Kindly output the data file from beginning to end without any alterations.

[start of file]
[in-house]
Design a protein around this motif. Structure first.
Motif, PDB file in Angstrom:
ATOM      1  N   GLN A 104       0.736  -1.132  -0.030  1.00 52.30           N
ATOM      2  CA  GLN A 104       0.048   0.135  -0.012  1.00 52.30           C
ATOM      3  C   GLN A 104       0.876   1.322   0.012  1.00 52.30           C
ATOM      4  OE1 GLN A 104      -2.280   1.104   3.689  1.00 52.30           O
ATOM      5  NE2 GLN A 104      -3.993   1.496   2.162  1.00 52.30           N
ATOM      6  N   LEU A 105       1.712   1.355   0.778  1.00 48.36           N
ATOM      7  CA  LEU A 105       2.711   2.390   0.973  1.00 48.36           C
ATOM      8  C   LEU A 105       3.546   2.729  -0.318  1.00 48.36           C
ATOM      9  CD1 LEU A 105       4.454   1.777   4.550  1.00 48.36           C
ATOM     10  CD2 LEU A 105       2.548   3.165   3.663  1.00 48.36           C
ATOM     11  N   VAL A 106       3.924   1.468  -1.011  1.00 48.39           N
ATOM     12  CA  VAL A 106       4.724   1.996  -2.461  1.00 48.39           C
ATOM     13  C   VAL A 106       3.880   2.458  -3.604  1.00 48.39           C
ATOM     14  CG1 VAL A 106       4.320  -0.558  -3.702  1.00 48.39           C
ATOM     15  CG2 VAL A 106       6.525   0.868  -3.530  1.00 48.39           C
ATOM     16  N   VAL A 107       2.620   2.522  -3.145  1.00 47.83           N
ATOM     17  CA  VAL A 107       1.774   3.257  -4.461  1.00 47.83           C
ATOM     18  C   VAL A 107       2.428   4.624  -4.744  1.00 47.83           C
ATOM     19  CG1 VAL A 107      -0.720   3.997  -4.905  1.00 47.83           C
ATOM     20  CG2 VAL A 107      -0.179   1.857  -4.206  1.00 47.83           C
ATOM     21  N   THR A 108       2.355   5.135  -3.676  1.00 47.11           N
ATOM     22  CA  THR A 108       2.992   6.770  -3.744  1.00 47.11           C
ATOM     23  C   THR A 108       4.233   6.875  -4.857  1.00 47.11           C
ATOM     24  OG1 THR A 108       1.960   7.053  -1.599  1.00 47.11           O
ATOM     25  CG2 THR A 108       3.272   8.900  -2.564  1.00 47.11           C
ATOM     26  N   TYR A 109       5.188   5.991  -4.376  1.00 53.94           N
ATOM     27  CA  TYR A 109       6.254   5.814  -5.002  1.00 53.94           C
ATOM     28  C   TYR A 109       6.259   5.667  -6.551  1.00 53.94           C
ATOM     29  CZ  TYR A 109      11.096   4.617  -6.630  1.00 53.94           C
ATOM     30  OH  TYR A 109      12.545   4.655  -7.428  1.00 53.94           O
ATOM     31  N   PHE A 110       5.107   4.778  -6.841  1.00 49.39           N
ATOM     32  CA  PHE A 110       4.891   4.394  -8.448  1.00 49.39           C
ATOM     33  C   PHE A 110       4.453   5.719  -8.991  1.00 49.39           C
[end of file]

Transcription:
[in-house]
Design a protein around this motif. Structure first.
Motif, PDB file in Angstrom:
ATOM      1  N   GLN A 104       0.736  -1.132  -0.030  1.00 52.30           N
ATOM      2  CA  GLN A 104       0.048   0.135  -0.012  1.00 52.30           C
ATOM      3  C   GLN A 104       0.876   1.322   0.012  1.00 52.30           C
ATOM      4  OE1 GLN A 104      -2.280   1.104   3.689  1.00 52.30           O
ATOM      5  NE2 GLN A 104      -3.993   1.496   2.162  1.00 52.30           N
ATOM      6  N   LEU A 105       1.712   1.355   0.778  1.00 48.36           N
ATOM      7  CA  LEU A 105       2.711   2.390   0.973  1.00 48.36           C
ATOM      8  C   LEU A 105       3.546   2.729  -0.318  1.00 48.36           C
ATOM      9  CD1 LEU A 105       4.454   1.777   4.550  1.00 48.36           C
ATOM     10  CD2 LEU A 105       2.548   3.165   3.663  1.00 48.36           C
ATOM     11  N   VAL A 106       3.924   1.468  -1.011  1.00 48.39           N
ATOM     12  CA  VAL A 106       4.724   1.996  -2.461  1.00 48.39           C
ATOM     13  C   VAL A 106       3.880   2.458  -3.604  1.00 48.39           C
ATOM     14  CG1 VAL A 106       4.320  -0.558  -3.702  1.00 48.39           C
ATOM     15  CG2 VAL A 106       6.525   0.868  -3.530  1.00 48.39           C
ATOM     16  N   VAL A 107       2.620   2.522  -3.145  1.00 47.83           N
ATOM     17  CA  VAL A 107       1.774   3.257  -4.461  1.00 47.83           C
ATOM     18  C   VAL A 107       2.428   4.624  -4.744  1.00 47.83           C
ATOM     19  CG1 VAL A 107      -0.720   3.997  -4.905  1.00 47.83           C
ATOM     20  CG2 VAL A 107      -0.179   1.857  -4.206  1.00 47.83           C
ATOM     21  N   THR A 108       2.355   5.135  -3.676  1.00 47.11           N
ATOM     22  CA  THR A 108       2.992   6.770  -3.744  1.00 47.11           C
ATOM     23  C   THR A 108       4.233   6.875  -4.857  1.00 47.11           C
ATOM     24  OG1 THR A 108       1.960   7.053  -1.599  1.00 47.11           O
ATOM     25  CG2 THR A 108       3.272   8.900  -2.564  1.00 47.11           C
ATOM     26  N   TYR A 109       5.188   5.991  -4.376  1.00 53.94           N
ATOM     27  CA  TYR A 109       6.254   5.814  -5.002  1.00 53.94           C
ATOM     28  C   TYR A 109       6.259   5.667  -6.551  1.00 53.94           C
ATOM     29  CZ  TYR A 109      11.096   4.617  -6.630  1.00 53.94           C
ATOM     30  OH  TYR A 109      12.545   4.655  -7.428  1.00 53.94           O
ATOM     31  N   PHE A 110       5.107   4.778  -6.841  1.00 49.39           N
ATOM     32  CA  PHE A 110       4.891   4.394  -8.448  1.00 49.39           C
ATOM     33  C   PHE A 110       4.453   5.719  -8.991  1.00 49.39           C